Gettysburg: Scourge of War isn't a real-time strategy game for the masses. It has a perfectly functional interface, but you'd never call it "slick." It's more study-intensive than the comparably simplistic Total War series but yields commensurately higher returns. It tackles the mother of all Civil War battles with aplomb and occasionally startling historical verisimilitude, offering control of blues and grays from army scale down to regimental level. It's wargaming without apologies, designed by hardcore history buffs for hardcore history gamers.
This spring I spoke with the Scourge of War's creators, Jim Weaver and Norb Timpko. In part one, we talked about Gettysburg maps, canonical books, and how they got from Waterloo to Little Round Top.
Game On: We were hoping to get Larry Tagg in on this interview, but it sounds like he's had to take a rain check.
Jim Weaver: Larry had to bow out. I'd forgotten that in his day job, he's an English teacher. He's also this semester the drama coach, and it's the last week before the performance, so he's in the middle of, as he said, frantic rehearsals week.
GO: He sounds like he'd be a fascinating guy to talk to, just for the book on Lincoln that came out last year. Have you read it?
JW: I haven't read the Lincoln book, no. Actually I haven't even read his Gettysburg book, because my wife will probably shoot me if I buy more books on Gettysburg. I've got a stack two wide and three feet tall next to my desk just so that I can grab them when I have some arcane point of Gettysburg history to look up.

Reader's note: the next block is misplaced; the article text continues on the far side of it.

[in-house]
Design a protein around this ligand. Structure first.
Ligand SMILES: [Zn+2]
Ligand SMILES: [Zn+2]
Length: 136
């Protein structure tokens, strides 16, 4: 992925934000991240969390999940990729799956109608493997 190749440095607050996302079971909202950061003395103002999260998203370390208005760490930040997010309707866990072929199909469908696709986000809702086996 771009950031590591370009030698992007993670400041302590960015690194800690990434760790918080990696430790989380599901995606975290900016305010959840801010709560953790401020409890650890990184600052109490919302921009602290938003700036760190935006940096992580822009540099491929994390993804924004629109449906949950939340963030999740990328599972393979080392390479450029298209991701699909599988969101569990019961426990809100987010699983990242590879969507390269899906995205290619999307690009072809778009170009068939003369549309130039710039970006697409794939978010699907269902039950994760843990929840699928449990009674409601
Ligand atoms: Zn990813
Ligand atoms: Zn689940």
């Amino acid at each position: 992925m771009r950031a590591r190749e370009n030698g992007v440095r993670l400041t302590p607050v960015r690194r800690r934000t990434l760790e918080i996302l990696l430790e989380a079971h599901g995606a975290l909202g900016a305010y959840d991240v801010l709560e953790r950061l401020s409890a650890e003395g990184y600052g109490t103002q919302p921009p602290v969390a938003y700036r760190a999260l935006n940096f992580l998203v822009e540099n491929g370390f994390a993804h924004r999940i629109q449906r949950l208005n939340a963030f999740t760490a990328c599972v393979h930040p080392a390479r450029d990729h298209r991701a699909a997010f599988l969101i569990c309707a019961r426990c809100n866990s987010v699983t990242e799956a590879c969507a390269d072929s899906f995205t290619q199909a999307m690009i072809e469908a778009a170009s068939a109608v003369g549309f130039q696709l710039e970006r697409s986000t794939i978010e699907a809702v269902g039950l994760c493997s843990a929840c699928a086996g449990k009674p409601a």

GO: The harried life of the grognard.
JW: When you're the lead designer, you have to cover the waterfront in terms of details. Most everybody else can specialize, but I've got to be able to cover the waterfront.
GO: Like fending off crazed wargamers complaining the details rendered on some farmhouse are off by one window.
JW: Oh yeah. We have one guy who...actually it was really useful. When we were developing the game, we'd post screenshots, and he apparently lived in a farmhouse that's in the game for a long time and spent endless amounts of time tramping the battlefield. So every time we'd put up screenshots, he'd look at them, and he would pick out little things that weren't quite right, and then go look up the historical sources to make sure he was correct.
It was quite useful, because that and a couple of stone quarries that we had missed, which are actually sort of 10-foot-across holes in the ground and sunk down a little bit, were the only things that we didn't have right on all three maps.
Next: OOBs, exhaustive battlefield atlases, and Breakaway Games.
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